2021 was the first year BIS HCMC’s Early Years & Infant (EY&I) campus had to kick off a school year online. Screens in Vietnam and across the world were brightly lit but the smiles of BIS HCMC students were even brighter. The youngest would sit on the laps of their parents while teachers would host parent coffee mornings and provide an array of online resources to keep tiny tots occupied throughout the day.
Learners between the ages of two and three begin their day with a live check-in, starting with teachers welcoming each by name — as they would on campus. Then, it’s time to engage and interact. “They sing the ‘good morning song’, the ‘days of the week’ song, or the ‘weather song’ before speaking to children about their immediate environment — just a basic welcome to the day,” explains Ian Battersby, Head Teacher of the EY&I campus.
While starting points are the same, the rest of the day typically varies for different ages. Some teachers read stories to young learners. Other small group sessions host interactions and discussions that focus on three “prime areas” on rotation: communication and language; physical development; personal, social and emotional development. Activities are also provided that cover the four specific areas of learning; literacy; mathematics; understanding the world; and expressive arts and design. Weekly activities are based around the seven areas of learning. Each session is uploaded online for learners keen on revisiting topics as and when they please.
“The first couple are key,” explains Ian. “Many of our families are not native English speakers. So that constant conversation with children is something we encourage within small groups. Parents can interact and support their children’s development in the process.”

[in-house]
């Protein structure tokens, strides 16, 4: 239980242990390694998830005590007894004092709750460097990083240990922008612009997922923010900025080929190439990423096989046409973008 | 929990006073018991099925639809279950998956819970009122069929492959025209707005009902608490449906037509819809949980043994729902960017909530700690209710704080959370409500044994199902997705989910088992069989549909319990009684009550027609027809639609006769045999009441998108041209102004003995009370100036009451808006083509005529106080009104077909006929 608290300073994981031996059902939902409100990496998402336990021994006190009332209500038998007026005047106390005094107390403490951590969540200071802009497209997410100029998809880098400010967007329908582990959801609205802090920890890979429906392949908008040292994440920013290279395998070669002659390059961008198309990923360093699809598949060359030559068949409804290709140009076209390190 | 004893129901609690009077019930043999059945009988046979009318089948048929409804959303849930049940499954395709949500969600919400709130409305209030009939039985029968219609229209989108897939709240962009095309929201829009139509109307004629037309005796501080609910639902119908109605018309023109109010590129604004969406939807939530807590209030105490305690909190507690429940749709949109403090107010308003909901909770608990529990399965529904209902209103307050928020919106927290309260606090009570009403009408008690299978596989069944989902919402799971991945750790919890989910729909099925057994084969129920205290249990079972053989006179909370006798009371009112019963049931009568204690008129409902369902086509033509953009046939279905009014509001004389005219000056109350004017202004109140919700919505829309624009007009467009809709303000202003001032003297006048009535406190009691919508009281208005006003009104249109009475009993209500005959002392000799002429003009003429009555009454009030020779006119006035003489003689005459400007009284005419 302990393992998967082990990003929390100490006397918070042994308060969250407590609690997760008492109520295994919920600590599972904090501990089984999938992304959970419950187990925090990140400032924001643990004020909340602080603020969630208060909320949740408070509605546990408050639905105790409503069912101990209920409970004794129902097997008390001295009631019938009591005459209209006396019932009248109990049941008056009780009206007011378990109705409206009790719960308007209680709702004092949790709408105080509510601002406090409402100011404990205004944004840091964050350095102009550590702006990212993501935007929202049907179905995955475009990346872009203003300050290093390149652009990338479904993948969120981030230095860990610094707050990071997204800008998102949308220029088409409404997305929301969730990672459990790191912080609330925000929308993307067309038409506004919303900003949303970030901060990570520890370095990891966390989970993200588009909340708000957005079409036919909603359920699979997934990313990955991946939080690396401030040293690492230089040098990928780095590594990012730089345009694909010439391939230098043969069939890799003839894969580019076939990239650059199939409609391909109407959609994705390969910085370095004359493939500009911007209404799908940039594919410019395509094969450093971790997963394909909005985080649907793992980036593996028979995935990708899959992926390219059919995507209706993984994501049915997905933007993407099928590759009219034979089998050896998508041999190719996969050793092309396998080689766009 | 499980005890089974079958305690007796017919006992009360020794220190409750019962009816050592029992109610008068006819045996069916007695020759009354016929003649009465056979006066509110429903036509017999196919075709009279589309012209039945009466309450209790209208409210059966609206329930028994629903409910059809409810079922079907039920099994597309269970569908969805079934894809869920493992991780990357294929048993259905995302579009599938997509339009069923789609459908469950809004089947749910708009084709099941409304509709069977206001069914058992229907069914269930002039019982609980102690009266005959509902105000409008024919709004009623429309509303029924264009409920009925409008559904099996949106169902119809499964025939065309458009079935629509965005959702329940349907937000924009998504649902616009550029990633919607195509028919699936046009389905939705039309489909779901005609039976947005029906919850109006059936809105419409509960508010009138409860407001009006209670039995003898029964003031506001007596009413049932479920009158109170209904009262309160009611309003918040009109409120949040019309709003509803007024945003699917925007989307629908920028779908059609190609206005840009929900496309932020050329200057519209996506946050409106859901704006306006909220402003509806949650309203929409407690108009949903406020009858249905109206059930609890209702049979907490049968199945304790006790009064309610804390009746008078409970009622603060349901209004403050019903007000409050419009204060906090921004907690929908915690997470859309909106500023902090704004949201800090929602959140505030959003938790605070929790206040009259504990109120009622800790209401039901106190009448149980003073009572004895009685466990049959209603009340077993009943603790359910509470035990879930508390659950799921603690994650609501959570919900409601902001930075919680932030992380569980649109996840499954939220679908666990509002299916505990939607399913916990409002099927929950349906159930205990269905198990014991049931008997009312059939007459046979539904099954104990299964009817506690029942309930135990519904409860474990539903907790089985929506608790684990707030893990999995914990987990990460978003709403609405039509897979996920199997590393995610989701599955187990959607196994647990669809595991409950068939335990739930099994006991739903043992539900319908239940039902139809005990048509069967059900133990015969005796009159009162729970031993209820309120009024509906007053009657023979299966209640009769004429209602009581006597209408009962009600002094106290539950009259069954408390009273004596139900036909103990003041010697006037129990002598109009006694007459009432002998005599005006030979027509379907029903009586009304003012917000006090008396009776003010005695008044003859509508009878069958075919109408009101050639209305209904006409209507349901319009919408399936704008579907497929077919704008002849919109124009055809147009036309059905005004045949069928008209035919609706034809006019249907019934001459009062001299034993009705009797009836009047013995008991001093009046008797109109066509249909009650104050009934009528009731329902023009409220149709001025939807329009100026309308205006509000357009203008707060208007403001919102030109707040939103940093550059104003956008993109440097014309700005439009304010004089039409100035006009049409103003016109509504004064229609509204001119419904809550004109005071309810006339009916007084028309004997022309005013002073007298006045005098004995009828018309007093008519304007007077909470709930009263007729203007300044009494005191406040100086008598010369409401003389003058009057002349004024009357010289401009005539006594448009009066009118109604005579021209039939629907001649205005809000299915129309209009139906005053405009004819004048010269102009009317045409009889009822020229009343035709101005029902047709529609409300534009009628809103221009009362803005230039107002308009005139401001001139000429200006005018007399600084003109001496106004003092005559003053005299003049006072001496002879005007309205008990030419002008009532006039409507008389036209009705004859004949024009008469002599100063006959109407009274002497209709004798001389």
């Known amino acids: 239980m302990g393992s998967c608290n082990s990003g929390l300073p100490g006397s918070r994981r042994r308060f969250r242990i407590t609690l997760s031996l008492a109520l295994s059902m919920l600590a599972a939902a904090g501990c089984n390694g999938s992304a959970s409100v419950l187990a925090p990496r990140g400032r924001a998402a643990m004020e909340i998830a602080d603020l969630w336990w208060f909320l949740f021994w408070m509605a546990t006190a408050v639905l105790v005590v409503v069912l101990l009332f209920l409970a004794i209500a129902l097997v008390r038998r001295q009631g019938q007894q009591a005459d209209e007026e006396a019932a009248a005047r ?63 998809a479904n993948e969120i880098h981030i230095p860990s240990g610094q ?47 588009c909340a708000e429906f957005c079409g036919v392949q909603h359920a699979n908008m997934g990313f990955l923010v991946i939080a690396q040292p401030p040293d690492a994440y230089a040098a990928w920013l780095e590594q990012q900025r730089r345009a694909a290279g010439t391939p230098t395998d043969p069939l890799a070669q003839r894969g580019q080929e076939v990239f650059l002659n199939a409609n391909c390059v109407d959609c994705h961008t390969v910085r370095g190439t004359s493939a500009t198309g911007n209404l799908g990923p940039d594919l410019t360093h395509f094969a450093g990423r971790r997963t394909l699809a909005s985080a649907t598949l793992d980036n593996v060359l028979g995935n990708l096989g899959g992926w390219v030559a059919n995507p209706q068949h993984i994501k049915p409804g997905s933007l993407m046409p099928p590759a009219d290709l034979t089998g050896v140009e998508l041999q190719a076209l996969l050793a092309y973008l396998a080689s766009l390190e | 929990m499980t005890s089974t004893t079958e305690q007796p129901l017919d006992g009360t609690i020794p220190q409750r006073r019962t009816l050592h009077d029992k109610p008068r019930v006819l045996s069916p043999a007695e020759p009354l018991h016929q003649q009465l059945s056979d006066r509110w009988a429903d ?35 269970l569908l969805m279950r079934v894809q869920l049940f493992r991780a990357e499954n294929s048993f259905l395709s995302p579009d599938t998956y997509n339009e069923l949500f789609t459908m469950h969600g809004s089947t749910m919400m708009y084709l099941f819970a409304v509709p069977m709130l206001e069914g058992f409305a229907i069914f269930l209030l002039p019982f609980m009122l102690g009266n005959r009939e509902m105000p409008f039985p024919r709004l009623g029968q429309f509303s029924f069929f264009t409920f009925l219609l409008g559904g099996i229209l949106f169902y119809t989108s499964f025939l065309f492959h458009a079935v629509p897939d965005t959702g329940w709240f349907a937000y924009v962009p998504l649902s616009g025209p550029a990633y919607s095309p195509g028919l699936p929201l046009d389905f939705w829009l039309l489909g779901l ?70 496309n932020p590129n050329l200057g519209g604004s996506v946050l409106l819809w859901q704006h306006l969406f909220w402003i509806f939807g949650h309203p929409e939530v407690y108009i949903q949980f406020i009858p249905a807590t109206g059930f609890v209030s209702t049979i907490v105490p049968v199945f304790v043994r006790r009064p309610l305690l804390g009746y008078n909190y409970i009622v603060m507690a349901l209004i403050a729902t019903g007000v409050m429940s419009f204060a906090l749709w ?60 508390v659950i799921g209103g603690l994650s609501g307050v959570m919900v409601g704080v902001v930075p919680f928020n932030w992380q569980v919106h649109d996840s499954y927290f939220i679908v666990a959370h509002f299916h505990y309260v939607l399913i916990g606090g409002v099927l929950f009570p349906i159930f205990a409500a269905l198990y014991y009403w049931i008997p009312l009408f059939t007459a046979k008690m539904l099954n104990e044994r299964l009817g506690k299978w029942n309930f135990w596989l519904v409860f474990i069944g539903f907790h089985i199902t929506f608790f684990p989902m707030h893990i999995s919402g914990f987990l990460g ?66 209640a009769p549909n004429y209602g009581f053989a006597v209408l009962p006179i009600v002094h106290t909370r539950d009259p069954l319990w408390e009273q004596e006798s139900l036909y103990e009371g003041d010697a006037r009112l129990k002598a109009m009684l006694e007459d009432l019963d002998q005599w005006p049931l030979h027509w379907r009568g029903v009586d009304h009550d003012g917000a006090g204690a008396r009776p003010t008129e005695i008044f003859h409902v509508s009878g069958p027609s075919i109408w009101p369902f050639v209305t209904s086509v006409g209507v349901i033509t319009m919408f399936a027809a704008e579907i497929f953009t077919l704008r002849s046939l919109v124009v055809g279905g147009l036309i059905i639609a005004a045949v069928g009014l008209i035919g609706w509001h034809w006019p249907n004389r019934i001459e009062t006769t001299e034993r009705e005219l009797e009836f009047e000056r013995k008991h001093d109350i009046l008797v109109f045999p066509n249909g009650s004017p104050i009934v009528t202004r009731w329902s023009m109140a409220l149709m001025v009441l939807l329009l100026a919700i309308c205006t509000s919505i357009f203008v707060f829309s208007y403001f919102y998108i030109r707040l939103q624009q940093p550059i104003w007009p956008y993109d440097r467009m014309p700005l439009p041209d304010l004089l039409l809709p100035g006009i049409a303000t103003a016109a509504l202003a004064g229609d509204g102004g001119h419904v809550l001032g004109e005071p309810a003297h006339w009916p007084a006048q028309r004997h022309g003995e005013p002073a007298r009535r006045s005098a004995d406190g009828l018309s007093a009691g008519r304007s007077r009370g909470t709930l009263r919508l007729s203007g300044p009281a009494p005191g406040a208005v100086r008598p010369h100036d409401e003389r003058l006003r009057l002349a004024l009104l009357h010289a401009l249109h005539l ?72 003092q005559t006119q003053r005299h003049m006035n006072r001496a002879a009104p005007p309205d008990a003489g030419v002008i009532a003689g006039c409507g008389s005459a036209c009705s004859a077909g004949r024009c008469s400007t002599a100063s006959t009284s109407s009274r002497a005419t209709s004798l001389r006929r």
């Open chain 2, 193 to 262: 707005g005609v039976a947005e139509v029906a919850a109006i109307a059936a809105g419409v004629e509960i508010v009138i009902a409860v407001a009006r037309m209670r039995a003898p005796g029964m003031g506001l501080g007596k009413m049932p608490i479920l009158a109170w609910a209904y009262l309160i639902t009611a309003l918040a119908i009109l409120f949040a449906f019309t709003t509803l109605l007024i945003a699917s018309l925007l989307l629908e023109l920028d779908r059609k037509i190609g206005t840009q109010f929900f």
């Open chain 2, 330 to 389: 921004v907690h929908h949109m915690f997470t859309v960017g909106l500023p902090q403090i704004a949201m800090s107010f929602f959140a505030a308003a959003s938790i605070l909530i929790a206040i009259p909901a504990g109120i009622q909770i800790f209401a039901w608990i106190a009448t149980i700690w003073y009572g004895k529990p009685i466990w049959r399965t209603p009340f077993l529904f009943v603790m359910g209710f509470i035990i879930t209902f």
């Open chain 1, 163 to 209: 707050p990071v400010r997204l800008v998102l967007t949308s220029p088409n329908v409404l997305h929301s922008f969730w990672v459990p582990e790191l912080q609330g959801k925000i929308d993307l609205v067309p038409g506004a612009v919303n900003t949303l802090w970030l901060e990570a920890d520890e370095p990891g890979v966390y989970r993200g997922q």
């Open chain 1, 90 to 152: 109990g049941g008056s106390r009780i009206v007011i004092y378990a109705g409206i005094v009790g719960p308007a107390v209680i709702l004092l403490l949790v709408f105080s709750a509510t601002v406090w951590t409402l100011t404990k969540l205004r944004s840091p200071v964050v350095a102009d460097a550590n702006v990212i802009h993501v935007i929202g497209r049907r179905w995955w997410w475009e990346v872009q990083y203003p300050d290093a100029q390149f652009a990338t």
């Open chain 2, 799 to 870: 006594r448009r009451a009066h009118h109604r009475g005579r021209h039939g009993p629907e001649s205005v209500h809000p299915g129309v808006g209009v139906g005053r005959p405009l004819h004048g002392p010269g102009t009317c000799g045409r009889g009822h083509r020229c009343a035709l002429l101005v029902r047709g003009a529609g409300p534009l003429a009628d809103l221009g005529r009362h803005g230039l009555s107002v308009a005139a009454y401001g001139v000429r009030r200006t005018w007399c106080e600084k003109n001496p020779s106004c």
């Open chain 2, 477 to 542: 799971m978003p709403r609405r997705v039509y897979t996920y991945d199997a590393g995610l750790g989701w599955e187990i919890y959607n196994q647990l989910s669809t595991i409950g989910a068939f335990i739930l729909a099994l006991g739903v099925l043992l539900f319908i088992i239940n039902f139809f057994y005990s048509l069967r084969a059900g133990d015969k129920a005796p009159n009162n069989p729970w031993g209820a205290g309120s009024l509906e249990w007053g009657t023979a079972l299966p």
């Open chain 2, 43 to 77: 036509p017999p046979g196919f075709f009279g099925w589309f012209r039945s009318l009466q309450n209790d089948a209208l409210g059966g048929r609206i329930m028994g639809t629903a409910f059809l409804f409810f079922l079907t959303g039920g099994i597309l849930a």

“It’s amazing how far my kids have come virtually,” Greg enthuses. “As a parent, it’s been incredibly fulfilling to see.”
These connections were built through the VSE. The school conducted an assessment on both children before the school year began. Ms Gemma was able to identify Mia’s need for a more personalised Phonics curriculum. In no time, Mia was up to speed — so much so, more books needed to be sent over to accommodate her newfound love for reading. Meanwhile, thanks to Ms Christina’s musical welcomes, three-year-old Harry has become equally passionate about playing the ukulele to the best of his ability.
Greg Willis, a father of two new students, was once sceptical of how effective online learning can be. When he and his wife moved their family to Vietnam from Tokyo, they knew the school they chose for their children — Mia and Harry — must provide social interaction.
Today, they know they made the right decision. The excitement in five-year-old Mia’s voice when she crashed her father’s interview says it all. She proudly confirmed she “can’t wait” to return to school. Just recently, the whole family paid a visit to campus to pick up care packages. Ms Gemma and the kids were certainly not strangers. “There was already a connection there, which was amazing to see,” Greg confirms.